Adam Merrin of the 88 Gives Good Advice: Stay True to Your Music, Don't Try to Fit into a Scene

You could say that the 88 is the ultimate indie pop act, a shining example of a band making a living playing shiny, happy pop music (read: no day jobs needed) without skyrocketing to fame, pandering to crowds or being a household name. They release their own albums, tour at their leisure, are full time musicians who make a living by making music. Last September, they released their eponymous album; they're performing at the Coach House on Saturday to support it. How do they do they make it seem so easy? Read our interview with keyboardist Adam Merrin. 


OC Weekly: It's interesting that you're all working musicians while not
necessarily touring 24/7. How did you successfully pull that off?

Adam Merrin: One
of the best pieces of advice that we ever got was to make CD samplers
of our music and pass them out to as many people as we could.  We used
to make thousands of these, and hand them out all over town.  One night,
I was doing this at a Supergrass show in front of Spaceland, and handed
one to Danny Benair.  The next day, he called us and said that he
places music in television and film, and that he'd like to represent our
band.  I had never heard of something like this before, and we thought
that we'd give it a shot.  Soon after that, he was calling us all the
time telling us that he placed our songs in different TV shows.  We are
extremely appreciative of everything he has done for us in that world,
as it's allowed us to concentrate on writing, recording, touring, and
even bought us our van that we travel in. 

Why is your newest release self-titled?

(O'Keefe, bassist) came up with the album title while taking a hot bath.  I think he comes
up with a lot of ideas that way.  We were at rehearsal one day and he
came in and told us that he came up with the name of the album.  When he
said it was, “The 88,” it made perfect sense to all of us.  There was
no questioning it or trying to come up with any other alternatives, it
just fits exactly where the band is at right now. 

What were your musical inspirations working on this album?  Any life changes going on?
I'm inspired by the guys in
the band.  When we all get in a room together, something great happens,
and we have a lot of fun playing music and making up songs.  Either
that, or we're all just wired out of our minds from our morning coffee. 
Some of the songs on this record came very spontaneously out of
improvisational jams that lasted over 30 minutes.  We record every
rehearsal and then make CDs for everyone to listen to.  After doing this
a bunch of times, purely for the fun of just getting together, we
realized we had enough songs to record an album.  We booked some studio
time at Grandmaster Recorders in Hollywood, and finished it in nine days,
then mixed it in a week.  Between going in to the studio very prepared,
and having a great engineer (Andrew Alekel), we were able to pull it off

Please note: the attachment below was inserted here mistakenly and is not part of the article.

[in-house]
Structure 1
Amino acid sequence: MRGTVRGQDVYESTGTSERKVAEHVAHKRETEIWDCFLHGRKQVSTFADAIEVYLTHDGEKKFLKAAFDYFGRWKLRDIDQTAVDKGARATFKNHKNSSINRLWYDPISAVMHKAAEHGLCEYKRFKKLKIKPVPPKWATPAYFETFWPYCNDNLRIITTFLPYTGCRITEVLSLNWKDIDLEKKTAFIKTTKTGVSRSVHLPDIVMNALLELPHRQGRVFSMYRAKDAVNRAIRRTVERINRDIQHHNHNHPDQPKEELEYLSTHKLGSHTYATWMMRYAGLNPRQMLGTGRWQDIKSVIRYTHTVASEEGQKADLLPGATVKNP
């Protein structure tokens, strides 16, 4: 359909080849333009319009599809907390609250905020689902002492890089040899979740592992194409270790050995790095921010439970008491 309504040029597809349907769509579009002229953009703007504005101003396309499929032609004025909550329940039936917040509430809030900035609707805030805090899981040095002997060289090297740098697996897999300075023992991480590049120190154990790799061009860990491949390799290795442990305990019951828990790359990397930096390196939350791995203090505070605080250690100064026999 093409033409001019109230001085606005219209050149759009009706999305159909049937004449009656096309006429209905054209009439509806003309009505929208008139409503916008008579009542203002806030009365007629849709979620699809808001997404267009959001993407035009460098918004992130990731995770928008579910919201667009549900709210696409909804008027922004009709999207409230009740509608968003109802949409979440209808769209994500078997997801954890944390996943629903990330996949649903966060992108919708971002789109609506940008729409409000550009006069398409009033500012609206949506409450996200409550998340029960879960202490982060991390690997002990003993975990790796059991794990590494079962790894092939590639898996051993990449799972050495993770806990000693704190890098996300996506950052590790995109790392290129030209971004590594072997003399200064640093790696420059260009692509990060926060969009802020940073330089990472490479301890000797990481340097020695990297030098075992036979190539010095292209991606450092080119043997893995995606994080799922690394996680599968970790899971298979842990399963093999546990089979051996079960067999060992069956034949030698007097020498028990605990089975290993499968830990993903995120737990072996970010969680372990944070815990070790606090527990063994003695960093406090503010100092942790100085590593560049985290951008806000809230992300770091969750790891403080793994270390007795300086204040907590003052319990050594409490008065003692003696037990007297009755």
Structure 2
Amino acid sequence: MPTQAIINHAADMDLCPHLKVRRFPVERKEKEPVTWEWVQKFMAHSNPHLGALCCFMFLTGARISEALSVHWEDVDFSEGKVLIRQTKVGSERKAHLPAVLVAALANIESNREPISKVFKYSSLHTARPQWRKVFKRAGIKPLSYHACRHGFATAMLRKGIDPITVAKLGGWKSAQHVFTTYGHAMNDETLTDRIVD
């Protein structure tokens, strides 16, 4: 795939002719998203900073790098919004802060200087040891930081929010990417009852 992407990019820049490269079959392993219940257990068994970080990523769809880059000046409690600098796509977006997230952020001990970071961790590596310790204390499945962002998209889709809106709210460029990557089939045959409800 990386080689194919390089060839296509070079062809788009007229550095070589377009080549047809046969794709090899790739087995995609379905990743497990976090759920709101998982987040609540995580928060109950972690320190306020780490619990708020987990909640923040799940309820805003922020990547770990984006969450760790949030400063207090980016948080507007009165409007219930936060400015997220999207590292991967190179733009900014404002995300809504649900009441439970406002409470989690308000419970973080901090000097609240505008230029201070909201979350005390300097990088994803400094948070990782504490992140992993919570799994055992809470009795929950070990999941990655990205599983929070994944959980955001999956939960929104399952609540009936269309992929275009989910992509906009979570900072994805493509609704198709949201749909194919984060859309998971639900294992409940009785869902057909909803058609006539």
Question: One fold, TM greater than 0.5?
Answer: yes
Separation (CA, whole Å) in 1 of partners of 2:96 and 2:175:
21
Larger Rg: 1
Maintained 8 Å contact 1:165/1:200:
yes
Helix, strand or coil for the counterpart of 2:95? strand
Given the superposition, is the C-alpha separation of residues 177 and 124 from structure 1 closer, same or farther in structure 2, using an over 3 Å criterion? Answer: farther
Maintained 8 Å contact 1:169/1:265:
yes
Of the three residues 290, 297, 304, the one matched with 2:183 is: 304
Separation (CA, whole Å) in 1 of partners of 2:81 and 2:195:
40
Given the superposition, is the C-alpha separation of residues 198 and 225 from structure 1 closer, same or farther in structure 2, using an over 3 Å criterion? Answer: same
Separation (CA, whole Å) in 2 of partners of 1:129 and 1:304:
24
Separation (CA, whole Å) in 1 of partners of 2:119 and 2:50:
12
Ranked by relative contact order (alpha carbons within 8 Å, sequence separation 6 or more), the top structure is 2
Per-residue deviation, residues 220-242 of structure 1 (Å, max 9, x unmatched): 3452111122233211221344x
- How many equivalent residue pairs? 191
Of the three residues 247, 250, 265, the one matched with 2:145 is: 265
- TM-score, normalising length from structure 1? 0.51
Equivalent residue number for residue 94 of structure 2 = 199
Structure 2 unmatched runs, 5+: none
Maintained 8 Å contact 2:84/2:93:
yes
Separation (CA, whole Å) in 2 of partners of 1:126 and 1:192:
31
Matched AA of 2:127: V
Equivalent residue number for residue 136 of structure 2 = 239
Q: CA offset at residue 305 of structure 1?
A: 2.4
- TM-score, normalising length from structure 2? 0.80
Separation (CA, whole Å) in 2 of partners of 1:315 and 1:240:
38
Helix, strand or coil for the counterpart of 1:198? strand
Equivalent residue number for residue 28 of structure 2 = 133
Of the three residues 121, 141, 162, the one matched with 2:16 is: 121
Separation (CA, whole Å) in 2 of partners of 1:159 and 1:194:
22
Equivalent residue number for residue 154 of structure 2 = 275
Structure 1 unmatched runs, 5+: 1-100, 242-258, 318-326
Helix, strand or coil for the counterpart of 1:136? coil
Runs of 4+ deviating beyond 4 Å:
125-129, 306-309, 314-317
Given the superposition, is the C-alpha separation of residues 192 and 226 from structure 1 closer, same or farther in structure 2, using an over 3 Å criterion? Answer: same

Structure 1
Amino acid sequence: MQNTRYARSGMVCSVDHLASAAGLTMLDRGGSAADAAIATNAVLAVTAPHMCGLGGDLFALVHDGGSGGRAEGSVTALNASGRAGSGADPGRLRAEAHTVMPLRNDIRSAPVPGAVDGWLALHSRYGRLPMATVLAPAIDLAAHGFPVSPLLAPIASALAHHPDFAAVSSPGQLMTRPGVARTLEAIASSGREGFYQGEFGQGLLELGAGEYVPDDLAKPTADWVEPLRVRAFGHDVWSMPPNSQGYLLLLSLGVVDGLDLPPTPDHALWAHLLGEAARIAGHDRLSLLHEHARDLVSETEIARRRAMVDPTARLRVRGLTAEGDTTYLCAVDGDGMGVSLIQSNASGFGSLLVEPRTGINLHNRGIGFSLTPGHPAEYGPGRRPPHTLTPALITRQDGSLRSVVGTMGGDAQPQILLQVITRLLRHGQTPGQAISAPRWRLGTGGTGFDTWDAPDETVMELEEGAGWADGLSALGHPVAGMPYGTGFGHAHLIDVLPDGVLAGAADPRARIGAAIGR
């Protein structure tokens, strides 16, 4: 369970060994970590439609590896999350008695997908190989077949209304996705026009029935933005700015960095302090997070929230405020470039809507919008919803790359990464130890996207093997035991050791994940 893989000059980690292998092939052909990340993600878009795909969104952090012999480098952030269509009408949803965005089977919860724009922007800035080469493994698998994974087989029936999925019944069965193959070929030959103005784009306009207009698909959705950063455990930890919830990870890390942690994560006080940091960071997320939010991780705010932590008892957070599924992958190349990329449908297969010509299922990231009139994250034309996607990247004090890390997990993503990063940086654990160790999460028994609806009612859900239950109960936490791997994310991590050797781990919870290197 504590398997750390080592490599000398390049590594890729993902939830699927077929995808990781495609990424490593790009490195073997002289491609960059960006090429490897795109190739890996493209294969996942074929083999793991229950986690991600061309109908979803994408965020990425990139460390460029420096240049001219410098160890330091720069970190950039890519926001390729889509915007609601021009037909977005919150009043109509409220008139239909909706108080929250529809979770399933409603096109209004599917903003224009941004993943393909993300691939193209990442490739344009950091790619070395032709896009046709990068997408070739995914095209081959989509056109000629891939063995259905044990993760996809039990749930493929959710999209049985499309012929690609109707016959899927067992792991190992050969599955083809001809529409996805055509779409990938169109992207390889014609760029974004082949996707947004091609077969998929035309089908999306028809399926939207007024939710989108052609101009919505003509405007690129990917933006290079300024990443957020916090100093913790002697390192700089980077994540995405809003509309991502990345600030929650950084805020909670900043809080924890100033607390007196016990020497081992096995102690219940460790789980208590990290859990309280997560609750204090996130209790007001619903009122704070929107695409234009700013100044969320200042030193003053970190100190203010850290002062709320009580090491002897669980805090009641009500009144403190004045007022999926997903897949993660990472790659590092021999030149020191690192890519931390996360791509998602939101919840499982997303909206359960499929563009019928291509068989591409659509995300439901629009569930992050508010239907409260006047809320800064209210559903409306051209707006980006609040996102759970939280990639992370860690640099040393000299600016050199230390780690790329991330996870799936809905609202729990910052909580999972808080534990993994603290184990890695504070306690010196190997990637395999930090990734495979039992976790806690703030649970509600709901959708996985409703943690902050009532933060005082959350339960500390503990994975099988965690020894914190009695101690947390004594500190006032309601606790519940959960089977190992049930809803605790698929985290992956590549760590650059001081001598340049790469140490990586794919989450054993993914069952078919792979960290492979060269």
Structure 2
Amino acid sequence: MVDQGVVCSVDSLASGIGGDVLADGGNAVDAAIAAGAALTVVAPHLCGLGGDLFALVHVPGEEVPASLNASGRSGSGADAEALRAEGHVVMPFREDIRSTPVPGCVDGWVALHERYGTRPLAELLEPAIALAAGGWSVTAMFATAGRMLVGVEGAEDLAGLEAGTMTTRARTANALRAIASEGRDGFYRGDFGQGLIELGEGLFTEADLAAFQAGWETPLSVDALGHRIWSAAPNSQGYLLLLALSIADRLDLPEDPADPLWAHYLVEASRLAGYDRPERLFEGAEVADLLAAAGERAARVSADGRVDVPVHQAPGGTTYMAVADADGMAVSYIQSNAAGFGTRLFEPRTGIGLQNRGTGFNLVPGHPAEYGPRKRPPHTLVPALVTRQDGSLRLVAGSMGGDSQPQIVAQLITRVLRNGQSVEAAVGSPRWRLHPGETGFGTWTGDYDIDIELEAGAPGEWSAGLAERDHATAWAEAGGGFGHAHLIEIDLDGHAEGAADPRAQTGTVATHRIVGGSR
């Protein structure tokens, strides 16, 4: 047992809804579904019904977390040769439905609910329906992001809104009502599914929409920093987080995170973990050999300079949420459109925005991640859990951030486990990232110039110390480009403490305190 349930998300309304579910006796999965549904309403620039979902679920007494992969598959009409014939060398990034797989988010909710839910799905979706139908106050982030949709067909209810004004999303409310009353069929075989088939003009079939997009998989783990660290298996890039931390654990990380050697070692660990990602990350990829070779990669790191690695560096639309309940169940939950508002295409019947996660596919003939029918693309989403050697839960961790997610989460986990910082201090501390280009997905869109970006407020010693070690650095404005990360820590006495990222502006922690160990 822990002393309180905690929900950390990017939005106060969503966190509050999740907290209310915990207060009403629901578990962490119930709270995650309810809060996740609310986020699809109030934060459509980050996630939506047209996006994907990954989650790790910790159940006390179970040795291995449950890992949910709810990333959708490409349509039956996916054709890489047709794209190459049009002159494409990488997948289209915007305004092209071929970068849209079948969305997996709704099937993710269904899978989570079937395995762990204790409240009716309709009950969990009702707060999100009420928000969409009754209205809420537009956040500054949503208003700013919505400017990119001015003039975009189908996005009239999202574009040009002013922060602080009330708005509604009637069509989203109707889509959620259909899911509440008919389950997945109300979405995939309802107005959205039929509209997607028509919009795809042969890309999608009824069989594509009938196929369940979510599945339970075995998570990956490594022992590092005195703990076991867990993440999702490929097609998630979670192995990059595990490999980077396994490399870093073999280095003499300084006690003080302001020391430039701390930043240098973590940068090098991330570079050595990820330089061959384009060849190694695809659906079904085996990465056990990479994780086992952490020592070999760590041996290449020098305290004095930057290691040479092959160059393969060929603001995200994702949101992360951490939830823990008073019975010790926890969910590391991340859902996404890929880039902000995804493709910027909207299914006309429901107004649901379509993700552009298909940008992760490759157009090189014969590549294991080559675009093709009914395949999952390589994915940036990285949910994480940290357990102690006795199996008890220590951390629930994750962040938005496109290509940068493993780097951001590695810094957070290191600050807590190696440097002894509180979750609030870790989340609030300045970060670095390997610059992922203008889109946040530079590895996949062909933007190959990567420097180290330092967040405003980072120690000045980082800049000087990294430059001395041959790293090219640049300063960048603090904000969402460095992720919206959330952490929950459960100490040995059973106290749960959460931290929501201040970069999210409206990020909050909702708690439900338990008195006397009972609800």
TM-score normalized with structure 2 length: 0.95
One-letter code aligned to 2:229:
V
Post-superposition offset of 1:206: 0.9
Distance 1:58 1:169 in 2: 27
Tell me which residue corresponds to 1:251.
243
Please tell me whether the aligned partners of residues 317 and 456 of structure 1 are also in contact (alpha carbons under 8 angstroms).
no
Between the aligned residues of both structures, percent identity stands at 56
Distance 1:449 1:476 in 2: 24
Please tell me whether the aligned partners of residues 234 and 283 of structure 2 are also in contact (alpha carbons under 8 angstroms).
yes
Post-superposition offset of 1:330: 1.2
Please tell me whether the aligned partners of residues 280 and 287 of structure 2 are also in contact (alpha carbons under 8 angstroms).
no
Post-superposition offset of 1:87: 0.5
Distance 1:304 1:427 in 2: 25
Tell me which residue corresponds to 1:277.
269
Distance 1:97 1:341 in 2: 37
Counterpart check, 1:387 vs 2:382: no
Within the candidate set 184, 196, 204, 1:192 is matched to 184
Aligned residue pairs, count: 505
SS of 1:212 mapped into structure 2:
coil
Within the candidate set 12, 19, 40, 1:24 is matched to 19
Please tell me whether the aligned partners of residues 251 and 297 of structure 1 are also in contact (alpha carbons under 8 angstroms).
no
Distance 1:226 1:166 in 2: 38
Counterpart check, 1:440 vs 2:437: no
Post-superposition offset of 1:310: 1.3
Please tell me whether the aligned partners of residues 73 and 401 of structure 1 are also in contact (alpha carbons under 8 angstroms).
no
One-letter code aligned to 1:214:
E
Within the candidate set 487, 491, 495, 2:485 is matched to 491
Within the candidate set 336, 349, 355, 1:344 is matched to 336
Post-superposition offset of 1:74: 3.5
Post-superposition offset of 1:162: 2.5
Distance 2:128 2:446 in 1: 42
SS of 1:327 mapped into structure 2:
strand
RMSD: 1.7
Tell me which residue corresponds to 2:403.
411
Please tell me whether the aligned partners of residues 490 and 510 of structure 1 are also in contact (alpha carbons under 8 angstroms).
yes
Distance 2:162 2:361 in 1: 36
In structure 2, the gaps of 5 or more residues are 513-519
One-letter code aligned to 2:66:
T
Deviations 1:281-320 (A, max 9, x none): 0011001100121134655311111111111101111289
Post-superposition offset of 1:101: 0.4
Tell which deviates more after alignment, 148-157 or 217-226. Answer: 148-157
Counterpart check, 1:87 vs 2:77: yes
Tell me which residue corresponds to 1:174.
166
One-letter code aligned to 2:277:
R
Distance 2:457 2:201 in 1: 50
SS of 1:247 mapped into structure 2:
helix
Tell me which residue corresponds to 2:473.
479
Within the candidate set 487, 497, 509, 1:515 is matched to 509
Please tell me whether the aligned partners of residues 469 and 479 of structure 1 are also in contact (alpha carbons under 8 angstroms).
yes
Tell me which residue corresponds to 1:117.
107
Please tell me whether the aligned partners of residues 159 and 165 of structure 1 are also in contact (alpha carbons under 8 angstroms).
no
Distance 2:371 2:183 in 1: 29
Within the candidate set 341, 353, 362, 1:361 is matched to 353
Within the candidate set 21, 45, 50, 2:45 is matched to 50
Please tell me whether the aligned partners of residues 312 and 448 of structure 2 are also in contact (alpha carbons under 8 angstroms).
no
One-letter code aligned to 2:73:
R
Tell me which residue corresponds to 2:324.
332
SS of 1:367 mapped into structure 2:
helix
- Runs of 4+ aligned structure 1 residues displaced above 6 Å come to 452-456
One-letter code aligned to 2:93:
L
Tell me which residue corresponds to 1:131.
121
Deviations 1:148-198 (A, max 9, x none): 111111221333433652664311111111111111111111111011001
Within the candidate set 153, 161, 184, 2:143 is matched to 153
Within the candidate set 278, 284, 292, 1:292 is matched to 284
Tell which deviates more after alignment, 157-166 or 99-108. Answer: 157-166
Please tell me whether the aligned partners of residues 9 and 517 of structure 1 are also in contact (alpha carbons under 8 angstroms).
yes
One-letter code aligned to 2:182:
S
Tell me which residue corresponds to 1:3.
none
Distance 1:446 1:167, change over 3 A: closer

that quickly.

How is your musical career different from your expectations when you first started out, after six albums?
have stayed true to the music that we love, and have never tried to
change it to try to fit into any particular scene… if you don't count
our major label release… which actually was us half-trying to hold on
to our sound and beliefs, and half-saying yes to other people's ideas. 
So you have this confusing mix that doesn't fully go one direction or
another.  So besides that brief experiment in time, which I'm so
thankful for, because we came out of it stronger and more confident than
we ever have been, we continue to make the music that feels good to us.
You were one of the first bands to take the money side of things into
your own hands and not depend on a major label to make a living. What
brought that about and what kind of advice would you give other bands?

think that each individual needs to decide what makes them happy, and
then go with that.  Keith and I have been playing music together for
almost 20 years, and we know each other so well.  So when we were making
the major label album, I could see that he was unhappy.  So even if we
started making money from that album, it wouldn't have been worth it. 
It feels so good to be recording and writing how we want, and there is a
joy that comes from that experience that is priceless to us.  You can't
top that with anything.  
What's the best thing that happened to you in 2010?
we were in the studio making our new record, we got a call from Ray
Davies that he was looking for a band to not only open up for him on a
month long U.S. tour, but to also be his backing band playing Kinks
songs with him.  We actually had to take a break from recording to do
this tour, but it was one of the best touring experiences we've ever
had.  The audience reception was incredible, and it was a dream come
true to be able to play Kinks songs with one of our idols.  After that
tour, he asked us to go to England with him, and we got to play places
like The Royal Albert Hall, and the Liverpool Philharmonic, and then
record with him at Konk studios at the end of those dates.  I still
can't believe that it actually happened.  I guess there are some YouTube
clips that I can watch to reassure me.

The 88 perform at the Coach House in San Juan Capistrano on Nov. 20.

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